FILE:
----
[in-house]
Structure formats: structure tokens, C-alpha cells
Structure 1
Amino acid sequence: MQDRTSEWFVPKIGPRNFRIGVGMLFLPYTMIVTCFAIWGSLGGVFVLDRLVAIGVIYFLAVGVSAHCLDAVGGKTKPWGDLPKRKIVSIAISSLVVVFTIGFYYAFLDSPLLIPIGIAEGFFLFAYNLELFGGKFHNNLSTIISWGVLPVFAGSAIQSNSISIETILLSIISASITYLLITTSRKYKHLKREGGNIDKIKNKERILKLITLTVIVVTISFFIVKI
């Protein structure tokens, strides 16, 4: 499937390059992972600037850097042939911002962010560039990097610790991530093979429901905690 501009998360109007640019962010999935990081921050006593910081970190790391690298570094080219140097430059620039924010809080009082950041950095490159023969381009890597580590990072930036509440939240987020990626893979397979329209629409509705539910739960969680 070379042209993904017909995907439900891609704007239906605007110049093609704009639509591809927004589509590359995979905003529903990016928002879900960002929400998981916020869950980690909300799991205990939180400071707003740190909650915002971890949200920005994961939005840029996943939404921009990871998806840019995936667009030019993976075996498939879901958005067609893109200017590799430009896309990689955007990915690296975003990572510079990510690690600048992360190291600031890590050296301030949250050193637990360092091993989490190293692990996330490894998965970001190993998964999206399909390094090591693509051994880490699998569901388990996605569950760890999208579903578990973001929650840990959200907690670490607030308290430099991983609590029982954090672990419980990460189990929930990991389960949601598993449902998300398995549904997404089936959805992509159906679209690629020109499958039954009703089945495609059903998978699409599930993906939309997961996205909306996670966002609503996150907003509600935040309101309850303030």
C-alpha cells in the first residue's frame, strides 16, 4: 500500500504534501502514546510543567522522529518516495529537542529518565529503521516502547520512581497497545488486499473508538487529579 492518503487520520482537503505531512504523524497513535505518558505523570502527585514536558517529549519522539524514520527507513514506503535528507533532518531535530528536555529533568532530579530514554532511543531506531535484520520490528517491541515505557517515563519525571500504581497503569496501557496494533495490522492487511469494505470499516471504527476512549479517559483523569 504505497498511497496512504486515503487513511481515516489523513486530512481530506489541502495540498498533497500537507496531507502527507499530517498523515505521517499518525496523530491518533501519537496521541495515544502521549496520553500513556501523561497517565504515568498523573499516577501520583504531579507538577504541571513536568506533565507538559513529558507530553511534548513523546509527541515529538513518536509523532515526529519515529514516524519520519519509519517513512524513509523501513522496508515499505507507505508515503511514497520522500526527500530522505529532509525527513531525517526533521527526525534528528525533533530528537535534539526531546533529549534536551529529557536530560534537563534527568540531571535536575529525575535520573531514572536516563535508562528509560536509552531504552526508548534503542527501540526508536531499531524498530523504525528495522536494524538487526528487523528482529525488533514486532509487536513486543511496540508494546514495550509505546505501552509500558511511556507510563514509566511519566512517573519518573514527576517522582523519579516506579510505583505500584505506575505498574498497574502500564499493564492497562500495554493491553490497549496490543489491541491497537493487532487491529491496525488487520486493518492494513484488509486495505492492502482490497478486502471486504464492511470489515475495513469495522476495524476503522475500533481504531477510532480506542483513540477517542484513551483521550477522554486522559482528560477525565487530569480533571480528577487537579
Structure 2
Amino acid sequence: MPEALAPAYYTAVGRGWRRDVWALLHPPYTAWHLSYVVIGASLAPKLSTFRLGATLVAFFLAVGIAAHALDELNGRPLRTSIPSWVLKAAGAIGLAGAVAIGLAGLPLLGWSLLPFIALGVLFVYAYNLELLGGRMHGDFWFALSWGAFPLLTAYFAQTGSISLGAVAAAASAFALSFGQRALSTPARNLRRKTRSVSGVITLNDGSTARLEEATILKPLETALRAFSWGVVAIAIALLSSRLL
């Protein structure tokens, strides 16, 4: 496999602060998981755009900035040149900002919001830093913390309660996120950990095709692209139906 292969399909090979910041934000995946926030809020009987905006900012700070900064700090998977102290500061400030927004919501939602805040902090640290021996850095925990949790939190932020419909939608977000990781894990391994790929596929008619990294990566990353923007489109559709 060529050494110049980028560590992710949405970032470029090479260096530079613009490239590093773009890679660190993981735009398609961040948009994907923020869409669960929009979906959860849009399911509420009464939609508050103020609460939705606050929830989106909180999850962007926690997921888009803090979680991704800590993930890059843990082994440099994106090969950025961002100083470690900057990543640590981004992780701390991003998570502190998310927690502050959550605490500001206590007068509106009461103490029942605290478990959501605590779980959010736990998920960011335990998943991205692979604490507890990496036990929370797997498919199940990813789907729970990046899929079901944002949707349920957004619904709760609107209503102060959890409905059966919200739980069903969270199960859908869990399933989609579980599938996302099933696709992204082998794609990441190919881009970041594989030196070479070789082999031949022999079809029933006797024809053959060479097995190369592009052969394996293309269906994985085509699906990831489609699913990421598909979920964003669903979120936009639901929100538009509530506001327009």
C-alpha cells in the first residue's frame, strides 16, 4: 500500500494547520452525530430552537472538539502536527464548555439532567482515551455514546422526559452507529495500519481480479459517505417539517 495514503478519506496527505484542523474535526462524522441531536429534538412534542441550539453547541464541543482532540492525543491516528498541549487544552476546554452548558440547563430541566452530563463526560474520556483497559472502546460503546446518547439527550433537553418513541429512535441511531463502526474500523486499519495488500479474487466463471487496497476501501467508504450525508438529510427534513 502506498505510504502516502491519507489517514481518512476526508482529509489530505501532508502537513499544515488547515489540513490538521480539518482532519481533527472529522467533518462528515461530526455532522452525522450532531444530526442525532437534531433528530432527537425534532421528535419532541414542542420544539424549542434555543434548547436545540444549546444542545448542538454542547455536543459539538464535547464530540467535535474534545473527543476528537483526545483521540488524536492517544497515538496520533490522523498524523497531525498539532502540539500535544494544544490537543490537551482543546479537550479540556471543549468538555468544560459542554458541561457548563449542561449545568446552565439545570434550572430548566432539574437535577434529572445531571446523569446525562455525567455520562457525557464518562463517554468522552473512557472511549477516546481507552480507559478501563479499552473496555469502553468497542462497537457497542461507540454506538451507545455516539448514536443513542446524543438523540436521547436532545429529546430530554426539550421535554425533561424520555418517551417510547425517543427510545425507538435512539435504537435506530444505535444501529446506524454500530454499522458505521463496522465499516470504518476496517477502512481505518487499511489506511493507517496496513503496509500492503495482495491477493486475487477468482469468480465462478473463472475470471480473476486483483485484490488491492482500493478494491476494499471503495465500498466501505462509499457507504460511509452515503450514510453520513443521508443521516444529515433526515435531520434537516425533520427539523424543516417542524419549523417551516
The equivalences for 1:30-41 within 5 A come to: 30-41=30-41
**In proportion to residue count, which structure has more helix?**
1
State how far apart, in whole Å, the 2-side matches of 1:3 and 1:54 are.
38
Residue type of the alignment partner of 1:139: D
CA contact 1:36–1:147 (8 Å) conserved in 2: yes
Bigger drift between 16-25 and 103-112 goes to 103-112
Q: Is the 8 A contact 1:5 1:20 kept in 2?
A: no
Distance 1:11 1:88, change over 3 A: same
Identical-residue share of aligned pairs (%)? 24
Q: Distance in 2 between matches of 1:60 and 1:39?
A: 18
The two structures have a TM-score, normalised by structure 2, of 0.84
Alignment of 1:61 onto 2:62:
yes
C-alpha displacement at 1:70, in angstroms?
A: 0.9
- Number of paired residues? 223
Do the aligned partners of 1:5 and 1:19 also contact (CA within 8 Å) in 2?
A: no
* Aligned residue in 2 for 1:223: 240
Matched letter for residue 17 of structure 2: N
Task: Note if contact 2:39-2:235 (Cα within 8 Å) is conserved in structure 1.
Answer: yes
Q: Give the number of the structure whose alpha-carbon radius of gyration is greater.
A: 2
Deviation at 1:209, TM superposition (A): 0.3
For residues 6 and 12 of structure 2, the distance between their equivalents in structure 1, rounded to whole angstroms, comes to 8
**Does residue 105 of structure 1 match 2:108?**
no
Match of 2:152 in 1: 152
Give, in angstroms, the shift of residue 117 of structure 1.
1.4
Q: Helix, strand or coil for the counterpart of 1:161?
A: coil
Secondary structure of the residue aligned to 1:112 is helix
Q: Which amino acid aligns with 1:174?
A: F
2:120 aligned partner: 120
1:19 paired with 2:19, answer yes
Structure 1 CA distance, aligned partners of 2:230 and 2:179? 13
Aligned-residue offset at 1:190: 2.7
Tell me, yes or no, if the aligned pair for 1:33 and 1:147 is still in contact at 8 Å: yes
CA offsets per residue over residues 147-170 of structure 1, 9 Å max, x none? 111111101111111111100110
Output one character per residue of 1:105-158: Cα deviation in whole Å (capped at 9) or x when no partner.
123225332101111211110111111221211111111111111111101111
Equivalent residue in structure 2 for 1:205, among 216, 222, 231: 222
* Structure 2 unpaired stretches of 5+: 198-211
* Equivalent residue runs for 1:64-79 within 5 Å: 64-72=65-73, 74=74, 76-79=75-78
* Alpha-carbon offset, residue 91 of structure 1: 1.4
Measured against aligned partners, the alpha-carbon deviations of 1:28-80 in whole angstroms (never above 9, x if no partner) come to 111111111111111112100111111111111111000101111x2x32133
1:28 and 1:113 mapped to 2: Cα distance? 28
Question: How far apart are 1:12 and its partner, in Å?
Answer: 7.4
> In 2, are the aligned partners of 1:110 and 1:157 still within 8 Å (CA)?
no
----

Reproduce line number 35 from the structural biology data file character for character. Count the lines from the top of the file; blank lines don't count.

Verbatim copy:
Task: Note if contact 2:39-2:235 (Cα within 8 Å) is conserved in structure 1.